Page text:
Hoc proelio facto et prope ad internecionem gente ac nomine Nerviorum redacto maiores natu, quos una cum pueris mulieribusque in aestuaria ac paludes coniectos dixeramus, hac pugna nuntiata, cum victoribus nihil impeditum, victis nihil tutum arbitrarentur, omnium qui supererant consensu legatos ad Caesarem miserunt seque ei dediderunt, et in commemoranda civitatis calamitate ex sescentis ad tres senatores, ex hominum milibux LX vix ad quingentos, qui arma ferre possent, sese redactos esse dixerunt. Quos Caesar, ut in miseros ac supplices usus misericordia videretur, dilligentissime conservavit suisque finibus atque oppidis uti iussit et finitimis imperavit ut ab iniuria et maleficio se suosque prohiberent.
This engagement brought the name and nation of the Nervii almost to utter destruction. Upon report of the battle, the older men, who, as above mentioned, had been gathered with the women and children in the creeks and marshes, supposed that there was nothing to hinder the victors, nothing to save the vanquished; and so, with the consent of all the survivors, they sent deputies to Caesar and surrendered to him. In relating the disaster which had come upon their state, they declared that from six hundred senators they had been reduced to three, and from sixty thousand to barely five hundred that could bear arms. To show himself merciful towards their pitiful suppliance, Caesar was most careful for their preservation; he bade them keep their own territory and towns, and commanded their neighbours to restrain themselves and their dependents from outrage or injury.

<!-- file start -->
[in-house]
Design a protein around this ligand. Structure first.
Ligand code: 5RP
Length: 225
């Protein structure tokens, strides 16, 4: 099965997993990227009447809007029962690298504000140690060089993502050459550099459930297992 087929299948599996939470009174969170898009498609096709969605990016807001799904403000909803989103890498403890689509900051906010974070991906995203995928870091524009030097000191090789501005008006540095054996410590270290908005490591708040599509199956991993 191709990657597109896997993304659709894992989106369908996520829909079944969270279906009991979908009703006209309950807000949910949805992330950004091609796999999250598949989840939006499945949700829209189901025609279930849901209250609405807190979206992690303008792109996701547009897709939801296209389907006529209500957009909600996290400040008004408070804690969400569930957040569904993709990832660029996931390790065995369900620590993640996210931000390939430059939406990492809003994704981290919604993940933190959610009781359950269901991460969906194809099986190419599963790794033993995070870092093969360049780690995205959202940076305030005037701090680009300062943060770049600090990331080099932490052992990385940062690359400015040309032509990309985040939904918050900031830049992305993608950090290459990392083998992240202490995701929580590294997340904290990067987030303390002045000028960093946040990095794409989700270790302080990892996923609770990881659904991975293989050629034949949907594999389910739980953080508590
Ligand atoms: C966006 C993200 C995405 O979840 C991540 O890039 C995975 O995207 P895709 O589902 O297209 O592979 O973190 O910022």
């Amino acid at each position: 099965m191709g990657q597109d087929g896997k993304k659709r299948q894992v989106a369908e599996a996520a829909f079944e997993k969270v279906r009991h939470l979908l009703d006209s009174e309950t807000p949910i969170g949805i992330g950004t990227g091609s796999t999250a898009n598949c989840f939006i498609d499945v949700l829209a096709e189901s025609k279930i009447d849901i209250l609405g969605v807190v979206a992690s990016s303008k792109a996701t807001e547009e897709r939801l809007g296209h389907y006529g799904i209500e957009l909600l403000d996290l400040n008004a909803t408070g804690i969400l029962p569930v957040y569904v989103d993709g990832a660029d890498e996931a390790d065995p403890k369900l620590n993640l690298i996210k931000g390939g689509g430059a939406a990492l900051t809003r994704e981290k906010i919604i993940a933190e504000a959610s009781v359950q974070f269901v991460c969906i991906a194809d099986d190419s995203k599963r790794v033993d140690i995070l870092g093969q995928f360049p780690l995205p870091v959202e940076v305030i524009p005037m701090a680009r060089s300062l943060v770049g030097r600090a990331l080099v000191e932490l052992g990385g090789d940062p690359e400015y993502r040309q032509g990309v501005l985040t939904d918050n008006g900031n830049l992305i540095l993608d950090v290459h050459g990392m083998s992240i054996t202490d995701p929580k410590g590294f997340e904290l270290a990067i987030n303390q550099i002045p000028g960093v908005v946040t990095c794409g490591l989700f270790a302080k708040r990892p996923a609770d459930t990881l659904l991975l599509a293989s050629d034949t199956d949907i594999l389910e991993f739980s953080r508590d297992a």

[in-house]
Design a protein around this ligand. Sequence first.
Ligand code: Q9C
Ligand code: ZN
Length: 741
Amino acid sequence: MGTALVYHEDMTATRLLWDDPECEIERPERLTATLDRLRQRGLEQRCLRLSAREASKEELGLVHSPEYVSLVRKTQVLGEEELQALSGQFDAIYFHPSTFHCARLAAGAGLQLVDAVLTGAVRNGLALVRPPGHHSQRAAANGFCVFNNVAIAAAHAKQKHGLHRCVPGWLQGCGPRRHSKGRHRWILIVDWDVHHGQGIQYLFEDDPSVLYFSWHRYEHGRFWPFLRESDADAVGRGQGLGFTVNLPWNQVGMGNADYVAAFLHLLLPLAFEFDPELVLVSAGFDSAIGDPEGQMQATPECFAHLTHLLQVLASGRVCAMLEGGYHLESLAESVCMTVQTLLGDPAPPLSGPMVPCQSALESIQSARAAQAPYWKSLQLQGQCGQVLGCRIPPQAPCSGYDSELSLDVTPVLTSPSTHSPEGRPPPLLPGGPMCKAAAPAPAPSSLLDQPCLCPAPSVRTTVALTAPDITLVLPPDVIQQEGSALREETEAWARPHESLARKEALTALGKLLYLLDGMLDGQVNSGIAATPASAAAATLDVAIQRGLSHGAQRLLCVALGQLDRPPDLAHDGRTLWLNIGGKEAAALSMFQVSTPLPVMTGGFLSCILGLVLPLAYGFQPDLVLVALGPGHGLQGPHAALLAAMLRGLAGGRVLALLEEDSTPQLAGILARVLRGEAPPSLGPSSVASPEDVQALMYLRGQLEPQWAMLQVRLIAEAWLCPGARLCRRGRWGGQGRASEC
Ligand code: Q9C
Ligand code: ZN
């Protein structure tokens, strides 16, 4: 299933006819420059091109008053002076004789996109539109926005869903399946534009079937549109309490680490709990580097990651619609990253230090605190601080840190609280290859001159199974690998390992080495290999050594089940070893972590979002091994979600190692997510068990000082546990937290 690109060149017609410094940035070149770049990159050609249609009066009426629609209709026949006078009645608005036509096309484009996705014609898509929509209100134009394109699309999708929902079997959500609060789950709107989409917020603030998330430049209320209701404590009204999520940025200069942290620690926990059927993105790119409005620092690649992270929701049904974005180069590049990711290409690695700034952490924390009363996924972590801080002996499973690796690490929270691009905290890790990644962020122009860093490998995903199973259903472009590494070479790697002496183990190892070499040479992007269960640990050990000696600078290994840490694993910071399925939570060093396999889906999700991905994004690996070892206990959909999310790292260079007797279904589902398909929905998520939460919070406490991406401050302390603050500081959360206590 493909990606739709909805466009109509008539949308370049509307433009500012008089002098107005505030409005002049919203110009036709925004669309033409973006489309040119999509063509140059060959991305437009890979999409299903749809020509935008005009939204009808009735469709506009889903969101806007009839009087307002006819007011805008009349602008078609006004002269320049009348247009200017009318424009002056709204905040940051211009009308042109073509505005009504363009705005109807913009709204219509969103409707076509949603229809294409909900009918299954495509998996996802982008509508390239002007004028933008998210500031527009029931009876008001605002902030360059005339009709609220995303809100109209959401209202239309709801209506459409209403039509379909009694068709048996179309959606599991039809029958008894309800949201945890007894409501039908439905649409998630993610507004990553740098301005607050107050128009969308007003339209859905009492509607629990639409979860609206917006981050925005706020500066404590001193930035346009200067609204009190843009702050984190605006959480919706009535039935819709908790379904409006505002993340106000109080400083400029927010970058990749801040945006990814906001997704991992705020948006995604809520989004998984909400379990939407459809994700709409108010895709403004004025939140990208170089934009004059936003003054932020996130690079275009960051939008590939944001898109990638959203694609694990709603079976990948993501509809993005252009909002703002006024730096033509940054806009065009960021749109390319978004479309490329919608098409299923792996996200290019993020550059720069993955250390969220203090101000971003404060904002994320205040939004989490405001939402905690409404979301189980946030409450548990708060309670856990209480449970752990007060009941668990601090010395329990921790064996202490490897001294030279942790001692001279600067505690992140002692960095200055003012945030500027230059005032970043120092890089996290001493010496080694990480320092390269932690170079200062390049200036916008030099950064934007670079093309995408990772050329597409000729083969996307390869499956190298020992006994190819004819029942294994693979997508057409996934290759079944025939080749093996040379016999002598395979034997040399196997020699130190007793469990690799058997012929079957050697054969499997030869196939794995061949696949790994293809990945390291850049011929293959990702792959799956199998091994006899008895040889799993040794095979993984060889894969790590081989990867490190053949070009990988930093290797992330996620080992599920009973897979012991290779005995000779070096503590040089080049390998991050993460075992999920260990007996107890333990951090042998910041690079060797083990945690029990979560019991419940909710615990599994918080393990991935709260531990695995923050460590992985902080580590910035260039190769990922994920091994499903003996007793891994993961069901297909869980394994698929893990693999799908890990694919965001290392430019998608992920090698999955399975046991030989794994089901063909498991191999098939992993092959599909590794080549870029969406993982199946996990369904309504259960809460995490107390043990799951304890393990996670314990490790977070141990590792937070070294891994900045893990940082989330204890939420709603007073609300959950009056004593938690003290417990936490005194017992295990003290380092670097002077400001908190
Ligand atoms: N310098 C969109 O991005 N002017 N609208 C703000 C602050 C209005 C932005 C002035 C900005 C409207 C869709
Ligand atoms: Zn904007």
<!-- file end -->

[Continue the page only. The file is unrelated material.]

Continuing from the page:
Translation and notes by H.J. Edwards
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